Prefers a moist well-drained sandy soil but succeeds in most soils though it dislikes dry gravelly or chalky soils[1, 200]. Prefers a position in semi-shade but tolerates full shade[11, 81] and it also succeeds but does not usually thrive in full sun[200]. It grows very well in the mild wet coastal region of W. Scotland where it succeeds even in full sun[200]. Requires a humid sheltered site[200], strongly disliking very exposed positions[1]. Although the dormant plant is very cold-hardy, the young growth in spring, even on mature plants, is frost-tender and so it is best to grow the plants in a position sheltered from the early morning sun[K]. The Chinese plum yew is a very slow growing shrub or small tree[185] that has excellent potential as a nut crop in Britain. It usually fruits regularly and well in most parts of the country[K] and does well in Cornwall[59]. Trees growing in the shade of other conifers fruit regularly and heavily at Kew Botanical gardens and, unlike most nut trees there, the seeds do not get eaten by the squirrels[K]. Although we have seen no records of edibility for the seed of this species, the closely related C. harringtonia does have edible seed[K]. There are some named forms selected for their ornamental value[200]. 'Grandis' is a long leafed female form[200]. 'Longifolia' is male but otherwise similar to 'Grandis'[200]. 'Prostrata' (syn 'Prostrate Spreader') is a procumbent ground-covering plant that arose as cuttings from a side-shoot of a normal plant[200], a plant of this cultivar was seen with a very heavy crop of immature fruit in mid September 1994 at Hillier Arboretum[K]. Plants are dioecious, but female plants sometimes produce fruits and infertile seeds in the absence of any male plants[11]. However, at least one male plant for every five females should be grown if you are growing the plants for fruit and seed. Plants have also been known to change sex[81]. Male cones are produced in the axils of the previous year's leaves, whilst female cones are borne at the base of branchlets[200].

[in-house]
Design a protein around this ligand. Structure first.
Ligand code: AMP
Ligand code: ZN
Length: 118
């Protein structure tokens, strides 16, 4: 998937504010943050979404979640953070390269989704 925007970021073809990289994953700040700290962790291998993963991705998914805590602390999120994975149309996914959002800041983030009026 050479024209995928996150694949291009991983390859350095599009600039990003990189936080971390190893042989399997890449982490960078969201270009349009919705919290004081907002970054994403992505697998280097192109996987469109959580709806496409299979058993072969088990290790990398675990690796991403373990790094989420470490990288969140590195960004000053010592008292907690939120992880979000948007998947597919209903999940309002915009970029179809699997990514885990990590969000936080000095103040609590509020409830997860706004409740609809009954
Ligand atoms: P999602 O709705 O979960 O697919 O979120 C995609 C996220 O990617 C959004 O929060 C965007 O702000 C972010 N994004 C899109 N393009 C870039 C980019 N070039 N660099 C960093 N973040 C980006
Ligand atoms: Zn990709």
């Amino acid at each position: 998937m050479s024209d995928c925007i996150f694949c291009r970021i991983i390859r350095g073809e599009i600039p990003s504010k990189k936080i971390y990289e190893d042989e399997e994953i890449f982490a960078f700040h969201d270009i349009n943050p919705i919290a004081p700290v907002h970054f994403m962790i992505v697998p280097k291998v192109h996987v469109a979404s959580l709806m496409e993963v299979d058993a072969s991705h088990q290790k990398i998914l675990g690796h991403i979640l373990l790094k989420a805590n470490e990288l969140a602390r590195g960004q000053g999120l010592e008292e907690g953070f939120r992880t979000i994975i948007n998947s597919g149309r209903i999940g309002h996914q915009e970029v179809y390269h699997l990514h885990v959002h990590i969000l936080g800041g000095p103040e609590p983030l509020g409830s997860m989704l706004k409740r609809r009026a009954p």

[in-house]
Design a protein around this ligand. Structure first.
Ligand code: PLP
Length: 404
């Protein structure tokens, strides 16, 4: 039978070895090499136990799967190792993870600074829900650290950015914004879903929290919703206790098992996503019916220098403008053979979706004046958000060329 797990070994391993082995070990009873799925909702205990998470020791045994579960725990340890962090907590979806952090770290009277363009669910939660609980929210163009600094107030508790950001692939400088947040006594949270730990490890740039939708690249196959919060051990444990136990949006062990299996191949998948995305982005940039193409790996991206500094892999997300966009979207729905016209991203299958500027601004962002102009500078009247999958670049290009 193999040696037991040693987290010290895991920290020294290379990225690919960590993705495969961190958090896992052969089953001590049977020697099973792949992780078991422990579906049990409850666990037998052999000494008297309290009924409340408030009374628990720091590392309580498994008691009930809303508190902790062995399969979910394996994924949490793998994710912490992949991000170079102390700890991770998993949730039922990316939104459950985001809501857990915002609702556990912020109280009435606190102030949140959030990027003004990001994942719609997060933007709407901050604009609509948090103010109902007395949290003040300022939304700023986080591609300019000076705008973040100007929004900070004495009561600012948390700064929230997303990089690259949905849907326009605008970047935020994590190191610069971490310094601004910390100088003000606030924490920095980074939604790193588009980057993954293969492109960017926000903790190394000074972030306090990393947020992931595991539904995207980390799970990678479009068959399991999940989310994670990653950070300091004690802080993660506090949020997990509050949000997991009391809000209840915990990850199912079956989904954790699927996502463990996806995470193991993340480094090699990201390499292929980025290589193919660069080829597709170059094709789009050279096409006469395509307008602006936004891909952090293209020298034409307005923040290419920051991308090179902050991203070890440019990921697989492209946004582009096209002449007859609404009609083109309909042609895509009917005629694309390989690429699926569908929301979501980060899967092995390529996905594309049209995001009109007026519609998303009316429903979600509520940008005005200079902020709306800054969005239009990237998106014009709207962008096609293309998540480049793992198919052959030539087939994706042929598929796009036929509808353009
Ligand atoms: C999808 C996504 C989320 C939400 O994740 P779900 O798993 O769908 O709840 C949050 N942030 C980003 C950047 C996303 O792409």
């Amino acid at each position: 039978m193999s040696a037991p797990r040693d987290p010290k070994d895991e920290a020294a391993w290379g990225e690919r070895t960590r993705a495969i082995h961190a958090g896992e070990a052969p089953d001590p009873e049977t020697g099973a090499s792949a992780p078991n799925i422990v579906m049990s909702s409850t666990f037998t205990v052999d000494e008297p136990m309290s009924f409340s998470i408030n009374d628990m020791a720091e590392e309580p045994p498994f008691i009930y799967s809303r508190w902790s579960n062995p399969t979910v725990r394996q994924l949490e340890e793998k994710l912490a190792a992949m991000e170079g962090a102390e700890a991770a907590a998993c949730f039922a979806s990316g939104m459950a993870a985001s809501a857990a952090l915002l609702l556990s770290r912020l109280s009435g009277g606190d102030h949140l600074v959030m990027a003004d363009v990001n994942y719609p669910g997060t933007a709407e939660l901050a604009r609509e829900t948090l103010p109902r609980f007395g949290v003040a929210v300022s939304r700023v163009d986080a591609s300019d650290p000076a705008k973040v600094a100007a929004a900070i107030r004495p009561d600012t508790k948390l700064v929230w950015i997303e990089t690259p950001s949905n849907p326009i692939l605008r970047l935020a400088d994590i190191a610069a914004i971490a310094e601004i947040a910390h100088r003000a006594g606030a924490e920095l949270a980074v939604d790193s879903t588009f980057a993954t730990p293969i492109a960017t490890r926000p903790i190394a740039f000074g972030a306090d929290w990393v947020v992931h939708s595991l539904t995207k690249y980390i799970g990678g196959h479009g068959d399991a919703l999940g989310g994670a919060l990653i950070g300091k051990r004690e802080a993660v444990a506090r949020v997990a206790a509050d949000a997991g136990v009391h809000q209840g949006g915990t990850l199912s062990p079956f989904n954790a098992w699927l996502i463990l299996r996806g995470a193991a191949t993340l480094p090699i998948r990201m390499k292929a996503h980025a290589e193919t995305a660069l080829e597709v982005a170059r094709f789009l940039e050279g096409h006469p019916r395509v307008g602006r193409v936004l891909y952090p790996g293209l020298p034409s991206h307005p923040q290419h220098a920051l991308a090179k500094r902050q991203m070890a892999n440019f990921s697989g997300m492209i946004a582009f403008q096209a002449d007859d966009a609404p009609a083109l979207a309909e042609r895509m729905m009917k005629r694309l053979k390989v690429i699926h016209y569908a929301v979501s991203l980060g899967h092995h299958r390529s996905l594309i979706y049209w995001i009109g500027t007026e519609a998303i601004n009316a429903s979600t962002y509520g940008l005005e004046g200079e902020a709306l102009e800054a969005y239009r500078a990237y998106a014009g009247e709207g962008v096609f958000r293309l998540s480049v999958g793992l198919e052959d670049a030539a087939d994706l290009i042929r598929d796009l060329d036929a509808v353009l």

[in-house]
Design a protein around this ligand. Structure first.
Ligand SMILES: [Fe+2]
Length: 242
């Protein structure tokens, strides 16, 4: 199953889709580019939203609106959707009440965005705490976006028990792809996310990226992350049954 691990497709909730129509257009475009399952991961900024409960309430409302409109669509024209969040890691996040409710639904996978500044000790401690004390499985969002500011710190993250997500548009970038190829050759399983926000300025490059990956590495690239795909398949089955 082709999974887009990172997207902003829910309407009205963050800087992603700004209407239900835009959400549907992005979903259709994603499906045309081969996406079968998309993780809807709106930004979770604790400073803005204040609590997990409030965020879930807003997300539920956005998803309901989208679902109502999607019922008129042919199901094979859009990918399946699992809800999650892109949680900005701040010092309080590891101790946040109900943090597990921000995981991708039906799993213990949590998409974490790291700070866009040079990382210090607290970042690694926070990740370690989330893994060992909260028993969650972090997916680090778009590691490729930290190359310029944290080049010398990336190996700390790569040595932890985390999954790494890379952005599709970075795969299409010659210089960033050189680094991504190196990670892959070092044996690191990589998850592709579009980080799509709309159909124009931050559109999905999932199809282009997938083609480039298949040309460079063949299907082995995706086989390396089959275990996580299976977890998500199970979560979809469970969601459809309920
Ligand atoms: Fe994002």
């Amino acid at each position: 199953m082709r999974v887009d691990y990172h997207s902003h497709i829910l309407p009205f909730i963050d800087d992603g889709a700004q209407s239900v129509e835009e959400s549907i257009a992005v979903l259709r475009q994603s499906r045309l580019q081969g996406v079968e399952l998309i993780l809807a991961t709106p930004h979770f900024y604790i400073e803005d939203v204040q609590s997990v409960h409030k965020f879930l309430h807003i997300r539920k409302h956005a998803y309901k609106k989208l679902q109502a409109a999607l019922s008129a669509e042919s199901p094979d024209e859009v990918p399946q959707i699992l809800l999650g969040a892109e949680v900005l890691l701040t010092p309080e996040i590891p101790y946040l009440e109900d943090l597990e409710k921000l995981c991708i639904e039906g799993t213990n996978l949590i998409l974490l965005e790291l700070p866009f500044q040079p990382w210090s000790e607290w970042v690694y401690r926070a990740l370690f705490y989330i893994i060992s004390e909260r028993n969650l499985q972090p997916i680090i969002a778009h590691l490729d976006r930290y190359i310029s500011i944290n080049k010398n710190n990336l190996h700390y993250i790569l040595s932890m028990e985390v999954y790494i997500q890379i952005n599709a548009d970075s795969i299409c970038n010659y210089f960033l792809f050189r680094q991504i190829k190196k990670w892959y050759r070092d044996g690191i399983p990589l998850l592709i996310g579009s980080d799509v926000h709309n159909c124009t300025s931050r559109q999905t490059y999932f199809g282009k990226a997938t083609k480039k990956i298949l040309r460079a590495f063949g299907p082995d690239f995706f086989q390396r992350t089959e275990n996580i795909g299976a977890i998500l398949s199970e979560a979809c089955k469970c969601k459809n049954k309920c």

Propagation                                         
Seed - best sown as soon as it is ripe in a cold frame[113], it should then germinate in the following spring[K]. A hard seedcoat can delay germination, especially in if the seed is not sown as soon as it is ripe[81, K]. Stored seed should be cold-stratified and sown in a cold frame in the spring[200]. Germination can take 18 months or more. Prick out the seedlings as soon as they are large enough to handle and grow them on for at least their first winter under cover. Plant out in late spring after the last expected frosts. Greenwood cuttings of terminal shoots, August/September in a humid cold frame[1, 200]. Difficult[113].